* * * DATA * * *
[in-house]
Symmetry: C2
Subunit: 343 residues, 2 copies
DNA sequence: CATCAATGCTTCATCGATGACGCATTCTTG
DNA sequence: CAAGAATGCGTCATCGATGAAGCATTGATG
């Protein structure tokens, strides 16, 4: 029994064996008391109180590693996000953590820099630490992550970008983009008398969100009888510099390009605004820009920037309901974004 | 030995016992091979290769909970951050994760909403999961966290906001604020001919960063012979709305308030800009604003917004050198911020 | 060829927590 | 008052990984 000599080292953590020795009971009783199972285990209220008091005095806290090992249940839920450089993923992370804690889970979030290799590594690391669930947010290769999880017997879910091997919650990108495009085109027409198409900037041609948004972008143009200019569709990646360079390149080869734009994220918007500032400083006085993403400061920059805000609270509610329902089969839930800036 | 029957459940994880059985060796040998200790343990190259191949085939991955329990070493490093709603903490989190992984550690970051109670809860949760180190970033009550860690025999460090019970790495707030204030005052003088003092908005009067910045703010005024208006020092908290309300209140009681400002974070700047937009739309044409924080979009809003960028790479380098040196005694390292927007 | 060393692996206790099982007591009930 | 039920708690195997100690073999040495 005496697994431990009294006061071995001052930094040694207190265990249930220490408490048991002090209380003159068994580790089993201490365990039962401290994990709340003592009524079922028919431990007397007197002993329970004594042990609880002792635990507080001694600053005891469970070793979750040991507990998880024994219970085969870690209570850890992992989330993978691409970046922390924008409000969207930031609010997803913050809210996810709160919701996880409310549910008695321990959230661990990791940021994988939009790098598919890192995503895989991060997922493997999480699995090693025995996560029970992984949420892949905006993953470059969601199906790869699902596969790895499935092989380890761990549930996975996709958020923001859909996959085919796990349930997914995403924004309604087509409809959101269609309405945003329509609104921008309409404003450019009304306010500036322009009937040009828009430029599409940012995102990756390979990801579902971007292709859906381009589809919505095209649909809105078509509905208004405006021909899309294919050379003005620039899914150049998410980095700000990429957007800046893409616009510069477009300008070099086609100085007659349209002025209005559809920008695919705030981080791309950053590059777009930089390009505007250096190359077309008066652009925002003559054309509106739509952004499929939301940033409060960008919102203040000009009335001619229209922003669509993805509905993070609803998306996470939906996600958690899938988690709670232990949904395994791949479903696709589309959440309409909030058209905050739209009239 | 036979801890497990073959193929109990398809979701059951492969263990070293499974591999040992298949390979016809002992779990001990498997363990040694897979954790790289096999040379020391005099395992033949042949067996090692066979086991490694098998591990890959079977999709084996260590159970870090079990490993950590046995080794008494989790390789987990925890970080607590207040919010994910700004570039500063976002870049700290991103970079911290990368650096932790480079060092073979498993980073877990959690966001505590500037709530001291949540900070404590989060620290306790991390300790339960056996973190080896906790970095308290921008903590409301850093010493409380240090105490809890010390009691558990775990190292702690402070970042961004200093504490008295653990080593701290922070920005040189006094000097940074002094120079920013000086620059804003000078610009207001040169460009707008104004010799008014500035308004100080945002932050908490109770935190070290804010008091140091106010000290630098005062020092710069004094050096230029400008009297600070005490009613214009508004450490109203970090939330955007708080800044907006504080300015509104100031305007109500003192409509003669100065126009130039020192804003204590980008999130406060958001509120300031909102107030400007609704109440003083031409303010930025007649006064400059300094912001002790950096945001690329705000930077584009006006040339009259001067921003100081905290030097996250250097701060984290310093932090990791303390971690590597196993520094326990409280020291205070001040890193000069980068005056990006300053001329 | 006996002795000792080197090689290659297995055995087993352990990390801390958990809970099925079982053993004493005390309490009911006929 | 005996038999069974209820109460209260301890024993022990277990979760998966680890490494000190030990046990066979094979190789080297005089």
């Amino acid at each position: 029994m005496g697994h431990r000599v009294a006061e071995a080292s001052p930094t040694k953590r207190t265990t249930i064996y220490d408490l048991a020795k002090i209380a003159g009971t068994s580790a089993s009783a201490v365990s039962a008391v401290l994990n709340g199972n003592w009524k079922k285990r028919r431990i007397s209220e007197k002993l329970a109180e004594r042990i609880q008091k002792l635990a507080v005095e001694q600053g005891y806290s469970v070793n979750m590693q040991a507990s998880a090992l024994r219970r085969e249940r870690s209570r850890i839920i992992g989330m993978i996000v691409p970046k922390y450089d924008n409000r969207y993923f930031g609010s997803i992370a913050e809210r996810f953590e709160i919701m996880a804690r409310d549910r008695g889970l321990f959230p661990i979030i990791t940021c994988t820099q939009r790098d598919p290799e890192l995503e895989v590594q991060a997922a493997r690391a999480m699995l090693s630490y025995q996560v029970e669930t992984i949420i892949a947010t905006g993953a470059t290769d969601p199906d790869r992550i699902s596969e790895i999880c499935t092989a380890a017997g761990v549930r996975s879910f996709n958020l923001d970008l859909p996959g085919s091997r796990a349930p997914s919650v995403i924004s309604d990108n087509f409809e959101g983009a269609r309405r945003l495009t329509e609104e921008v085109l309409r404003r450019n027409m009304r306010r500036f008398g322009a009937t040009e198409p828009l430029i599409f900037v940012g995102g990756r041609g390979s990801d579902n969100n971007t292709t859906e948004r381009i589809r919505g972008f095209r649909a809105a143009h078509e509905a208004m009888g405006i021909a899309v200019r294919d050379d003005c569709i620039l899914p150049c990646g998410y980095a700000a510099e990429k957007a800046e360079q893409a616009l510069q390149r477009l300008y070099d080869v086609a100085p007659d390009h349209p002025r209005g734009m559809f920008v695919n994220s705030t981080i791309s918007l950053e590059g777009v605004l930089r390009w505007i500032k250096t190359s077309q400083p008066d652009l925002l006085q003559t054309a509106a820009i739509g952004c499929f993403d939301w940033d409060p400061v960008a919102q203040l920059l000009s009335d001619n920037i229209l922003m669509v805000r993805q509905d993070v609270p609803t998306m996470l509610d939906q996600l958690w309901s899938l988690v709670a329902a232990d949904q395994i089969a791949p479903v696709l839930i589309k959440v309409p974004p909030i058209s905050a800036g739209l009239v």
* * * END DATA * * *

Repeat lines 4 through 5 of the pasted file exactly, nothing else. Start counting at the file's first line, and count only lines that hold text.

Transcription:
DNA sequence: CATCAATGCTTCATCGATGACGCATTCTTG
DNA sequence: CAAGAATGCGTCATCGATGAAGCATTGATG